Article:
Projects dates: April 2019 until April 2021
Tell us briefly about your programme/project and who it is for
Our aim was to improve literacy levels by recruiting and training a team of 50 volunteer Literacy Champions, from a wide range of backgrounds, to work in their communities. These volunteers are the ones who best understand the places they live and know what will work.
Prior to lockdown we had 64 Literacy Champions working out in the community. During lockdown we adapted and created Digital Literacy Champions - we now have 38, 17 are from the original Literacy Champions we recruited, 21 are new. The Literacy Champions all vary in their approaches; from parents who engage other parents at the school gates and share books with them through to a volunteer at a food bank who engages families and shares books when distributing food parcels. The Digital Literacy Champions spread the word to friends, families and local networks, by being role models and bringing our ideas to life, creating online content and creating online/virtual networks.
What excites you most about this project?
I love working with children and families and especially empowering them to help others. I also love seeing the Literacy Champions getting recognition and how it boosts their confidence and self-esteem. One lady who is very shy has come into her own during lockdown and is happy to talk on WhatsApp and share videos of her reading on Facebook.
What’s your top tip for engaging with children and young people?
I don’t work directly with children and young people, but for the Literacy Volunteers (who are all over 18 years) being approachable and available is important. We’ve been using WhatsApp to share photos, videos etc. it’s less formal, they feel comfortable using it. Although I only work office hours, WhatsApp enables them to share information, queries or worries whenever they need to, I can respond when I’m at work.
As this is an ongoing project, how has it been affected by Covid-19 and the lockdown?
COVID-19 and lockdown meant most Literacy Champions were unable to go out and about in the community, we supported them to become Digital Literacy Champions to reach their communities through online and virtual activities. They have been sharing and signposting resources to help and support families and communities in reading and home-school learning, such as National Literacy Trust’s ‘Family Zone’ - a primary resource to support families with children 0-12 years and our new Read On Nottingham Facebook page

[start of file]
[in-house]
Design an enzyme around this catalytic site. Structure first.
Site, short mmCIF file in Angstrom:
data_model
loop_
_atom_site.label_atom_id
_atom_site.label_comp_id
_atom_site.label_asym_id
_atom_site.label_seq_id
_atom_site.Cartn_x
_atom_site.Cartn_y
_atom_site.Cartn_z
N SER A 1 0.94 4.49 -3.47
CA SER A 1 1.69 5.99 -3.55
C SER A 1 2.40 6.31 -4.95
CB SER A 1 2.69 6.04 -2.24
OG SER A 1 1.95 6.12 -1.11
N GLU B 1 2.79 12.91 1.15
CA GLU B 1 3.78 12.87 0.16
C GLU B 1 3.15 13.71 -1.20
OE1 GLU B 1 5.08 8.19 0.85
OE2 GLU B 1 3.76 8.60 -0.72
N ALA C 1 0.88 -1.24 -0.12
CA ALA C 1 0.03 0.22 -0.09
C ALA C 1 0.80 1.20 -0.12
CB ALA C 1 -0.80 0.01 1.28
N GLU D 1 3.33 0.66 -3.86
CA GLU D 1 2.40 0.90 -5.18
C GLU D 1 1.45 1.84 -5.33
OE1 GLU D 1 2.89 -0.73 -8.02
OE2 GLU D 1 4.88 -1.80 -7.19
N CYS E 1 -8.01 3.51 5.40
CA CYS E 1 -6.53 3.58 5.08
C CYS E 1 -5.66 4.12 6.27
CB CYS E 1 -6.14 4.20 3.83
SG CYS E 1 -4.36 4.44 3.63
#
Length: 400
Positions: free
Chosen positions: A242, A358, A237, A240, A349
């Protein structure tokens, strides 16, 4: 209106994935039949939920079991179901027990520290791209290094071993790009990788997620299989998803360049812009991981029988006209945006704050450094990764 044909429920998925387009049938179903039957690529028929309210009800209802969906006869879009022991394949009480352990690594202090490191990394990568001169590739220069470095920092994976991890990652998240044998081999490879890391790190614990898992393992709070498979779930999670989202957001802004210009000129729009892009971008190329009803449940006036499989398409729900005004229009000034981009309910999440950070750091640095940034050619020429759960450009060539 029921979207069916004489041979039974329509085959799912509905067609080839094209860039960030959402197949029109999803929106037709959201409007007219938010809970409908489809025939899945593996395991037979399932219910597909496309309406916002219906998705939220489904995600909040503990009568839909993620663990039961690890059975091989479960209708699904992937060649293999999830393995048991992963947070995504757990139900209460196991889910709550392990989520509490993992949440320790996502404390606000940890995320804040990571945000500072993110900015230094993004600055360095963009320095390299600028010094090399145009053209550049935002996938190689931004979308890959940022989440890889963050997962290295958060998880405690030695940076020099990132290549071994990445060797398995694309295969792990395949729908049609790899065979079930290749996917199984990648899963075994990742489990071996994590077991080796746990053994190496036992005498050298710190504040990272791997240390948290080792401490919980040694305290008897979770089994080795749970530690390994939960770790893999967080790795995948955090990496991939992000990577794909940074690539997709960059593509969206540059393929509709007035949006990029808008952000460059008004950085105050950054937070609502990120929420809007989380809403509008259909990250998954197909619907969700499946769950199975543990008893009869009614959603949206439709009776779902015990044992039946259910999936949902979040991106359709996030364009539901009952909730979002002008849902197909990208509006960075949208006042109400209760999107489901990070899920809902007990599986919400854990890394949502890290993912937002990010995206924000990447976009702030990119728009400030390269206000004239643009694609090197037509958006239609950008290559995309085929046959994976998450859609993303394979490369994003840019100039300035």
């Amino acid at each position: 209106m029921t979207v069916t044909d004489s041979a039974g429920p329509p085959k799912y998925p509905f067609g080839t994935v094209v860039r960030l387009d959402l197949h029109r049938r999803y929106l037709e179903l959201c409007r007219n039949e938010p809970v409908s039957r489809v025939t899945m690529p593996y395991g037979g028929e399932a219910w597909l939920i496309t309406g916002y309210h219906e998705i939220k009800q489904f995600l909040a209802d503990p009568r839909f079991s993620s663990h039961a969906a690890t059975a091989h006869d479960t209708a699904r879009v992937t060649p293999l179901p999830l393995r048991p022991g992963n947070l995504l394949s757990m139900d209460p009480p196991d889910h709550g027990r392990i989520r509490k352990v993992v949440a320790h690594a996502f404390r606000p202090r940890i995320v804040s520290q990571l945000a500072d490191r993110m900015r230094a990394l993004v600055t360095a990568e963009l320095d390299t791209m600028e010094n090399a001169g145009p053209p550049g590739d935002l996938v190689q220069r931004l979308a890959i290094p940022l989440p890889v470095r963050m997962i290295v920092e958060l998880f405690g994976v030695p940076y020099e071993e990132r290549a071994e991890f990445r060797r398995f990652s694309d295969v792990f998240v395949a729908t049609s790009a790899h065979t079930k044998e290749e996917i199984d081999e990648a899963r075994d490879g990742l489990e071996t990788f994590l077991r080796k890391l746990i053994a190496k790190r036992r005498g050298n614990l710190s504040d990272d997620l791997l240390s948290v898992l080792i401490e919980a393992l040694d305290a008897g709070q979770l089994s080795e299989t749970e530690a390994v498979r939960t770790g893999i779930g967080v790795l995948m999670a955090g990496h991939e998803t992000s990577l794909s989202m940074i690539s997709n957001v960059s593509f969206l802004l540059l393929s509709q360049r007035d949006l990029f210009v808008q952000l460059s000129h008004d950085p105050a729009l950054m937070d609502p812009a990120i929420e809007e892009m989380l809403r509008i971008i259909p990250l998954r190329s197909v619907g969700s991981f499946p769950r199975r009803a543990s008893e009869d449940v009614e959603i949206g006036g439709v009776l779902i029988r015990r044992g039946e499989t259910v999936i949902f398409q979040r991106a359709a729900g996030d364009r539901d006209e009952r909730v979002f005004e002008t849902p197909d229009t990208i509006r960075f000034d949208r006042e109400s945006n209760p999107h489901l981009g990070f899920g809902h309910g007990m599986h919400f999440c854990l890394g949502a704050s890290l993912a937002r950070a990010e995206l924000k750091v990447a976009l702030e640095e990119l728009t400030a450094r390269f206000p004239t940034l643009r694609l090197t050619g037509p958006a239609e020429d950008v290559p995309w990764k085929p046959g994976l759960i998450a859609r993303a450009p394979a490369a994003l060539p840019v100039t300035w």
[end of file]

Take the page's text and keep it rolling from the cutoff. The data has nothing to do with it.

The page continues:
Have you tried new ways of working/collaborating during this project?
Our Digital Literacy Champions have responded to COVID-19 by creating online resources to inspire other families. Some of have recorded themselves reading stories, for example, one volunteer has read stories in Urdu which we have shared on our Facebook page. Others examples of Literacy Champion work that we have shared on social media, range from creating children’s quizzes about books for families to use at home, sharing baking recipes with photos to one Literacy Champion creating her own book to support her child’s understanding of the current situation.
Not everyone can access information digitally, for example, one Digital Literacy Champion who also volunteers at a Foodbank put out a plea on the WhatsApp group asking for books for a family without internet access. Another Digital Literacy Champion responded by delivering books to her the next day!
As a charity, we are reliant on donations of books and magazines from publishers and corporate benefactors who provide funding for books for particular groups and projects. We have been co-ordinating the distribution of books and children's activity comics when few children have been able to access school and many do not have regular access to online resources.
Our volunteer literacy champions, community partners and foodbanks help to distribute the books, comics and activity packs as widely and fairly across Nottingham City as possible.
Are you using new technologies to bring in more people?
COVID-19 and the lockdown meant that our Digital Literacy Champions have been creative in using new technology to carry on working. They’ve created WhatsApp groups to share ideas, virtual support groups for family and friends, inspiring others to use technology, such as holding a Storytime Zoom with Grandma or a sing-along on Facetime between cousins.
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